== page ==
Devastated by destruction

Student from Gaza scared for family and friends 

VTSU Castleton student Mahmoud Alyazji, from Gaza, speaks about losing friends and fearing for family.

On Oct. 13, Israel instructed residents in northern Gaza Strip to move southward. But as people began their relocation, they were subjected to airstrikes. 

Among those affected were family members of Vermont State University at Castleton student from Palestine, Mahmoud Alyazji, who survived the attack and subsequently returned to the Western part of the Gaza strip.

Alyazji is an international student majoring English language and literature. The ongoing situation in Gaza is causing him deep concern for the safety of his family and friends. 

He strongly condemns the actions that have resulted in the loss of thousands of Palestinian lives and that he says have broken international laws. 

He said every day, hundreds of people are getting killed and this is the act of genocide. 

“The situation in the Gaza Strip is disastrous on all scales. Under the light of the continuous bombardment, so far, 10,022 Palestinians have been killed, including 4104 children and 2,641 women. This barbaric killing and bombing hasn’t stopped yet,” he said in a recent interview. 

“Everything is being bombed; hospitals, schools, universities, media offices, mosques, churches, ambulances, journalists, and civilian houses. The hospitals are running out of fuel, which will result in catastrophic results for the more than 25,000 injured in different hospitals around Gaza; plus, they have no capacity to take more people. The gap between a Gazan citizen and death is as thin as a rope. It’s as long as the missile takes to fall from the F-16 to the house. In one second, I might lose a friend, like my friends Mohammed, Yousef, and Mossab. In one second, I might lose my family.” 

The conflict between Israel and Gaza is headlining news worldwide. Israel’s aggressive retaliation began after the Palestinian Hamas group’s attack on Israel on Oct. 7, aiming to reclaim their occupied land. Israel blames Hamas for killing hundreds in the attack at the music festival and for taking Israeli hostages.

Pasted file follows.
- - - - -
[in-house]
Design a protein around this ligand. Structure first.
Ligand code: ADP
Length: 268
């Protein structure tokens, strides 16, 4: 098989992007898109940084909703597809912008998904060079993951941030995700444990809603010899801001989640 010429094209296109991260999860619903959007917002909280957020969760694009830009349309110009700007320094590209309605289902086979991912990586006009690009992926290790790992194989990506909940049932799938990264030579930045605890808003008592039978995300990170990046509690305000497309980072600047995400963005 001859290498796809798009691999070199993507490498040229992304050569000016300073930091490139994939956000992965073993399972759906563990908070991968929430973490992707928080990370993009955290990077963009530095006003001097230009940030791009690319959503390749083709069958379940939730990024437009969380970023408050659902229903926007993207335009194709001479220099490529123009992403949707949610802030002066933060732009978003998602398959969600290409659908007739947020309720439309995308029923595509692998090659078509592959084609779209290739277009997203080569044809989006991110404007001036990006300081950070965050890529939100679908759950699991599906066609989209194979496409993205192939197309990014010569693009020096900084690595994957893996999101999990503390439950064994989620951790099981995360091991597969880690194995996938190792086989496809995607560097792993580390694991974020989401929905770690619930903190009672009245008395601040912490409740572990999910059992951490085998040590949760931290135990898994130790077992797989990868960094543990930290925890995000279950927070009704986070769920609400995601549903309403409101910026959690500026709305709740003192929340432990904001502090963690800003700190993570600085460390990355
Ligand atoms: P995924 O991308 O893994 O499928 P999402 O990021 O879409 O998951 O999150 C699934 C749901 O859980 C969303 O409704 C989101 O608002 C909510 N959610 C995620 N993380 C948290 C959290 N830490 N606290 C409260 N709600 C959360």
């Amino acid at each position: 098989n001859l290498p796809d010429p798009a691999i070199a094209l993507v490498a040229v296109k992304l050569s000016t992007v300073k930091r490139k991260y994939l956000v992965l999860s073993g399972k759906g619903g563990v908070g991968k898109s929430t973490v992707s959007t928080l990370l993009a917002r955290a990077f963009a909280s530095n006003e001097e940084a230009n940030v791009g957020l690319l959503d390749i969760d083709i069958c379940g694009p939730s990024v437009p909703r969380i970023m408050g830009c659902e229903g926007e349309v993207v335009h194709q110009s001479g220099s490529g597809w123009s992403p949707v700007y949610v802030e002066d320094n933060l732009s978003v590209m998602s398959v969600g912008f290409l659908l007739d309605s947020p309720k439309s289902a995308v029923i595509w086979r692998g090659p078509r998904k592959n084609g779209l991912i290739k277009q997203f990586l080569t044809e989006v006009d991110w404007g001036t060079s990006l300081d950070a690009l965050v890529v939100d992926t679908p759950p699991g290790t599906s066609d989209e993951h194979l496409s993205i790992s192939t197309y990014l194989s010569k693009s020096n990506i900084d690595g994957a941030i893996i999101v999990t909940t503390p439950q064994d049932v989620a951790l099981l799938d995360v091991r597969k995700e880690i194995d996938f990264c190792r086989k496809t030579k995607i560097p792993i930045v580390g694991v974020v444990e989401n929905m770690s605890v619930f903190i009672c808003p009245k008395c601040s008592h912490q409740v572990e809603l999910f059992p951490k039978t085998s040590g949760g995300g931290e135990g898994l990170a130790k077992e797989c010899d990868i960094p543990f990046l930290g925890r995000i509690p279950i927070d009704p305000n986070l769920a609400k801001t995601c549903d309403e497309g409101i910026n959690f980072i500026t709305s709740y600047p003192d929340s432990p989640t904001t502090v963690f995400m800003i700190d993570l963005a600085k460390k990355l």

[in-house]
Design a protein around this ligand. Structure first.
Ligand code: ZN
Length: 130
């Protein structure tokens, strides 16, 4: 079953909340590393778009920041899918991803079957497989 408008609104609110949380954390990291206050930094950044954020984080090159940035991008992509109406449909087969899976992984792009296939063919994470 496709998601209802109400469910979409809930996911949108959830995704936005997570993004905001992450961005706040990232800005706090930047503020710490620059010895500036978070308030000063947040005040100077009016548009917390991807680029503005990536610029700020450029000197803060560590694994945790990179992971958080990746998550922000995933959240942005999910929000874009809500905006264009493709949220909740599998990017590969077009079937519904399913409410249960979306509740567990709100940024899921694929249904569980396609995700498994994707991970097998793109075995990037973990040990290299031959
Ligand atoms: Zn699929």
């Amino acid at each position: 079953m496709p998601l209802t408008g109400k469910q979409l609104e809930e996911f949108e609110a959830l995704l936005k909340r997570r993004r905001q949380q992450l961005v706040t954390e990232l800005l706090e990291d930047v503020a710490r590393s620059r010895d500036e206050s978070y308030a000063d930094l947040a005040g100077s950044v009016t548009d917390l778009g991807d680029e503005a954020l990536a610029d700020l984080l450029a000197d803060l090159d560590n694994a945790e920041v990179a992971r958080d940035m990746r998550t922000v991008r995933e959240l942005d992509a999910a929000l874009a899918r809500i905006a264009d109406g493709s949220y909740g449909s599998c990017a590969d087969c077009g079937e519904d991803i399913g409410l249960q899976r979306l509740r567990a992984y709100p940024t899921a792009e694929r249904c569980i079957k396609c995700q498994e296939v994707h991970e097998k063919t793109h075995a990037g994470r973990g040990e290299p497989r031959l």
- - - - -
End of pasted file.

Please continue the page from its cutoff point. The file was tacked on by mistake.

But Alyazji feels that media coverage isn’t balanced. He believes that media is being used to spread misleading information. He points out that even celebrities are sharing misinformation, and on his Instagram, he is committed to sharing every piece of accurate information he receives from Gaza.

“There is no doubt that media is a very strong weapon. What frustrates me very much is the false propaganda. In many cases, we had celebrities, such as Justin Biber, literally posting a photo of the Gaza strip and writing “Praying for Israel.” What made people do this is the fake Israeli propaganda. People still believe that there were 40 beheaded babies! They still talk about 40 fake beheaded children with not even a single photo to prove it, and they ignored the real 4,104 children that were murdered in cold blood. Our job as Palestinians and as humans is to share the truth. Every view counts. I often share what is it like to live under the bombings and between the distractions in the Gaza Strip. I invite people to follow journalists, such as Motas Azaiza, who film the truth and the harsh reality of the people there right now. People should not be mispleaded by propaganda,” he said.

The Gaza Strip is home to about 2.2 million people, nearly half of the population are children. Alyazji mentioned that following the airstrikes, the city has been so extensively demolished and ravaged that even the familiar streets he once walked on are now unrecognizable.

“Had I the chance to visit the Gaza Strip right now, I wouldn’t recognize any of the streets. Yesterday, they bombed near to my house on Al-Shefa Street. Looking at the photos, I couldn’t tell which street is this. The street that I’ve been living in for the past 22 years! I couldn’t. There are no more playgrounds for the children to play, no more mosques or churches for the people to pray. My beloved university has been demolished to the ground. I now can’t complete my education, nor can thousands of students. Our family business has stopped and will stop for years. Every place that carried memories for us was bombed. The streets’ smell is full of blood and rubble. We would never see anything normal again, never. Instead of seeing the beauty of places, we would see them loaded with layers of catastrophic memories. It will haunt us forever, even in the most peaceful places. My city, once a place full of memories, is now demolished to the ground, and every day new buildings are being wiped out. Although that being said, Gaza was home, and it is still home, the home that I love and will always love,” he said.


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